January labour market figures show 450,000 more people in employment, 172,000 fewer unemployed people, 75,000 fewer economically inactive people aged from 16 to 64 and government hailing a ‘jobs boost’.
Of course, any real assessment of the health of the labour market needs to examine the sort of employment that’s being created –the ONS statistics showing only 137 000 of 500 000 new jobs between September 2012 and 2013 being ‘professional scientific and technical’ and the TUC also estimating that since the end of the recession, 4 of 5 new jobs have been in low paid sectors (www.tuc.org.uk/economic-issues/labour-market/four-five-jobs-created-june-2010-have-been-low-paid-industries). So much for the ‘knowledge economy’.
Also, the earlier hysteria over the number of zero hour contracts (zero hours workers are included as ’employed’) seems to have been conveniently forgotten -ONS are due to publish an update on numbers sometime in the spring –while pay continues to lag behind inflation levels and growth rates and there’s been no real increase in productivity during recent months, confirming the significant of low paid, labour intensive jobs at the lower end of the service sector, but also a chronic under investment as business and banks hoard much of the cash created by ‘quantitative easing’ or help inflate London property prices further.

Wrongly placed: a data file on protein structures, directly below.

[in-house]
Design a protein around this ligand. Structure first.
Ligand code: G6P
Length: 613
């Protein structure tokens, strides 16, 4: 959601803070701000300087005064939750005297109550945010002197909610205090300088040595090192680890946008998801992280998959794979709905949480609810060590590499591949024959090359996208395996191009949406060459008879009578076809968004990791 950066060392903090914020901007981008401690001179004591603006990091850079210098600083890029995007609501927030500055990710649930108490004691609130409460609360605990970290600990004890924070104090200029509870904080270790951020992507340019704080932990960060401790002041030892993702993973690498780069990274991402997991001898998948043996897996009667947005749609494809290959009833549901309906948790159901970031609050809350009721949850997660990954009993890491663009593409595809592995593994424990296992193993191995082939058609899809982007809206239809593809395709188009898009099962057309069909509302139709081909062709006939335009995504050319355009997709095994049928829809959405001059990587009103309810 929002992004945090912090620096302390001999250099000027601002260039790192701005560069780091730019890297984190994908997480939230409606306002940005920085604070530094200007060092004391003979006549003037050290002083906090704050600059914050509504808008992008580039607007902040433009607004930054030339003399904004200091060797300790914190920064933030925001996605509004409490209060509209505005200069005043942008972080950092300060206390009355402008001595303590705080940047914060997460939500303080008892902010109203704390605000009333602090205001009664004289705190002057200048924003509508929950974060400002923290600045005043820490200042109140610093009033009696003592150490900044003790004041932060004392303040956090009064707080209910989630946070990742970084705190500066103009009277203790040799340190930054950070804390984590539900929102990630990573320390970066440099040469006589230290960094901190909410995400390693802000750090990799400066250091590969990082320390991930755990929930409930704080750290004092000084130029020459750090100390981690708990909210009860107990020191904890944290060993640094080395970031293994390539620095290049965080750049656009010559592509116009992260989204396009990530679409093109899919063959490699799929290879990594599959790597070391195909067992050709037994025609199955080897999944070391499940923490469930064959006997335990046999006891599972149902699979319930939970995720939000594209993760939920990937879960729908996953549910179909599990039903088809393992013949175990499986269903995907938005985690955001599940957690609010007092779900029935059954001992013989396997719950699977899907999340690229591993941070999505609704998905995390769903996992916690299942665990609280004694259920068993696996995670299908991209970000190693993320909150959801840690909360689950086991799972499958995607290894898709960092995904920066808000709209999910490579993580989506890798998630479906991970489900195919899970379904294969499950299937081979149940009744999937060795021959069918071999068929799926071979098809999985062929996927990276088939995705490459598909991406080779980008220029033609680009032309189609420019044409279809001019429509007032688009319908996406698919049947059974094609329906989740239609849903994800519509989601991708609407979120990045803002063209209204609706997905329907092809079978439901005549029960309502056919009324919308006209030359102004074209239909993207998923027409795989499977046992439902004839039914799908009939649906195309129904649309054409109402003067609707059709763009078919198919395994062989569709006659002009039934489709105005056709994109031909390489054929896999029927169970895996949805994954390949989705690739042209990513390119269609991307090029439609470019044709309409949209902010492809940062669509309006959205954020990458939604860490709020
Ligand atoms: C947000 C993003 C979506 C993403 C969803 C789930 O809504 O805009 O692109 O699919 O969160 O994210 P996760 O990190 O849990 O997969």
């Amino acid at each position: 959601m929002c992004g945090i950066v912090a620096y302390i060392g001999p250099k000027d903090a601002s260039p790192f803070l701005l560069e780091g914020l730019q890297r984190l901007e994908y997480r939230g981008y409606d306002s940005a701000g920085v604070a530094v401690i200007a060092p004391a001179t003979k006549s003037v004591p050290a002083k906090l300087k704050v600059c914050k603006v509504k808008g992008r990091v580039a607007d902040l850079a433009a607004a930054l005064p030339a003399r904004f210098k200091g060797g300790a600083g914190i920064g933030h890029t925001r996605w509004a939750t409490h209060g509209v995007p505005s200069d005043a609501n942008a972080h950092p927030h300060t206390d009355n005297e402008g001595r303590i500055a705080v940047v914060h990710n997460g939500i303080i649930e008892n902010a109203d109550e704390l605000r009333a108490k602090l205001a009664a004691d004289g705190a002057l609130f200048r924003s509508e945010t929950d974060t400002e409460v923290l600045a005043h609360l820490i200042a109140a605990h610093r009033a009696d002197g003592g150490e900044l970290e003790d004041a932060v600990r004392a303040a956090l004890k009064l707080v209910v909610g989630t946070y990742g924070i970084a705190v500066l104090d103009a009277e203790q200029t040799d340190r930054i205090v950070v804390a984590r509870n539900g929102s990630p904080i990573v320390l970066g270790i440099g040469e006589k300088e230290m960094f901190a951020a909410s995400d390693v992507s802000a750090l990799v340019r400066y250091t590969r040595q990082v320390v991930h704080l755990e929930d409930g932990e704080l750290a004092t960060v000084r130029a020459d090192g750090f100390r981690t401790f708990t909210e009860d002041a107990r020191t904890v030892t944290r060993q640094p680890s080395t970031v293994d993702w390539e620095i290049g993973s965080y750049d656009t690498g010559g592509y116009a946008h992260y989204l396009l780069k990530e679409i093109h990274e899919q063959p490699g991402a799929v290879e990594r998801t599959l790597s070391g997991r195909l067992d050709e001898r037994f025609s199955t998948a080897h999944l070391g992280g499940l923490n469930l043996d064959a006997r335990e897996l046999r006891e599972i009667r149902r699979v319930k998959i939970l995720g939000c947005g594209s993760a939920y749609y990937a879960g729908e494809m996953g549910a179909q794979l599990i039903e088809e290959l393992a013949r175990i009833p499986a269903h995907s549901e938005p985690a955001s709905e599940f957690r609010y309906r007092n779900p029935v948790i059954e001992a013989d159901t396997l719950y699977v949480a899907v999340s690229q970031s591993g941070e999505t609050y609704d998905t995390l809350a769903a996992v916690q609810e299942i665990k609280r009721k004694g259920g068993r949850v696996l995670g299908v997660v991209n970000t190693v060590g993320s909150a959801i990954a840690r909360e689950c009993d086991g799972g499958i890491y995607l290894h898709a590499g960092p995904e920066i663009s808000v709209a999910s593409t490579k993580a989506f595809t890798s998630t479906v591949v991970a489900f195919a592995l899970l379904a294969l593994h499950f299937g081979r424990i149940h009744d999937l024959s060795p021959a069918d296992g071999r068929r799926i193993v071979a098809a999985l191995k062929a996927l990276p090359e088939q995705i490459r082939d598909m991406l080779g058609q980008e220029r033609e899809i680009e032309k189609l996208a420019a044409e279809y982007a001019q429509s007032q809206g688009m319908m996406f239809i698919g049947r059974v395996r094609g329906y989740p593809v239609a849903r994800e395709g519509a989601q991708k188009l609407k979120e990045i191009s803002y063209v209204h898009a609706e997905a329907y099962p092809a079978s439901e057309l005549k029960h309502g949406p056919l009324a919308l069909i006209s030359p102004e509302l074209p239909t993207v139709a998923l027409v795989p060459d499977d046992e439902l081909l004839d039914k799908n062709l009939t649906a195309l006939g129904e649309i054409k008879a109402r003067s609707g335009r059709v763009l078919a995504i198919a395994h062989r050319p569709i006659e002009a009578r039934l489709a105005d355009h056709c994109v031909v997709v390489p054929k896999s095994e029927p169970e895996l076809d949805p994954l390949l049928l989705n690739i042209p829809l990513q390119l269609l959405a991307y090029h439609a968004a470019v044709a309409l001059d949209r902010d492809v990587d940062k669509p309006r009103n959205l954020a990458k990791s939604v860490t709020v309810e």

Official youth unemployment has fallen slightly. Down 38 000 for 16-24 year olds and down 34 000 for 18-24 year olds not in full-time employment, the reductions are significant but should not be overestimated. 76 000 more young people are working, although this includes 21 000 more full-time students. Official youth unemployment is still at 29%.
The continued fragility of the labour market is demonstrated by Mark Carney’s assurances that interest rates won’t be raised when unemployment reaches 7% -it’s now 7.1 %. Carney has got himself out of jail as a result of falling inflation, but as the investment starved economy reaches its maximum level of capacity, this can’t continue.